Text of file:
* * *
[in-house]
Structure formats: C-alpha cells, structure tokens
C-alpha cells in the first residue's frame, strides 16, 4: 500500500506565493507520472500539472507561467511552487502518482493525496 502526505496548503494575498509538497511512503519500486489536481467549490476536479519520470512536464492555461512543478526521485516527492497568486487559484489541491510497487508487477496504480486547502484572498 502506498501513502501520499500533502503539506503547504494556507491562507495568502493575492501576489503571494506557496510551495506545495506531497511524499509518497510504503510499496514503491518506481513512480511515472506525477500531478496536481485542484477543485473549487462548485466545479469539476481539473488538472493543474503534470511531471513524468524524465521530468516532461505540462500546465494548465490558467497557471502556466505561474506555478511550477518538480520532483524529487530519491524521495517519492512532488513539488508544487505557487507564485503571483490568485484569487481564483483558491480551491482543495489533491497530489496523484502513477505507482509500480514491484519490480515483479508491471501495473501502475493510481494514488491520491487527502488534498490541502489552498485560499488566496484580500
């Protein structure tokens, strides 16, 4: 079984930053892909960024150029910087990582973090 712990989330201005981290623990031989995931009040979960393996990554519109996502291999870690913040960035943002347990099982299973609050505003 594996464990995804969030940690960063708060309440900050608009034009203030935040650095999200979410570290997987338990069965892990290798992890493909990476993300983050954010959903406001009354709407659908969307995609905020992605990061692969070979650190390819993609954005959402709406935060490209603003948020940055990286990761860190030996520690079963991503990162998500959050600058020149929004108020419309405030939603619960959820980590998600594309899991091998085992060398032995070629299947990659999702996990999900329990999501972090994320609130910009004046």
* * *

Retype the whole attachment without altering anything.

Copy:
[in-house]
Structure formats: C-alpha cells, structure tokens
C-alpha cells in the first residue's frame, strides 16, 4: 500500500506565493507520472500539472507561467511552487502518482493525496 502526505496548503494575498509538497511512503519500486489536481467549490476536479519520470512536464492555461512543478526521485516527492497568486487559484489541491510497487508487477496504480486547502484572498 502506498501513502501520499500533502503539506503547504494556507491562507495568502493575492501576489503571494506557496510551495506545495506531497511524499509518497510504503510499496514503491518506481513512480511515472506525477500531478496536481485542484477543485473549487462548485466545479469539476481539473488538472493543474503534470511531471513524468524524465521530468516532461505540462500546465494548465490558467497557471502556466505561474506555478511550477518538480520532483524529487530519491524521495517519492512532488513539488508544487505557487507564485503571483490568485484569487481564483483558491480551491482543495489533491497530489496523484502513477505507482509500480514491484519490480515483479508491471501495473501502475493510481494514488491520491487527502488534498490541502489552498485560499488566496484580500
């Protein structure tokens, strides 16, 4: 079984930053892909960024150029910087990582973090 712990989330201005981290623990031989995931009040979960393996990554519109996502291999870690913040960035943002347990099982299973609050505003 594996464990995804969030940690960063708060309440900050608009034009203030935040650095999200979410570290997987338990069965892990290798992890493909990476993300983050954010959903406001009354709407659908969307995609905020992605990061692969070979650190390819993609954005959402709406935060490209603003948020940055990286990761860190030996520690079963991503990162998500959050600058020149929004108020419309405030939603619960959820980590998600594309899991091998085992060398032995070629299947990659999702996990999900329990999501972090994320609130910009004046």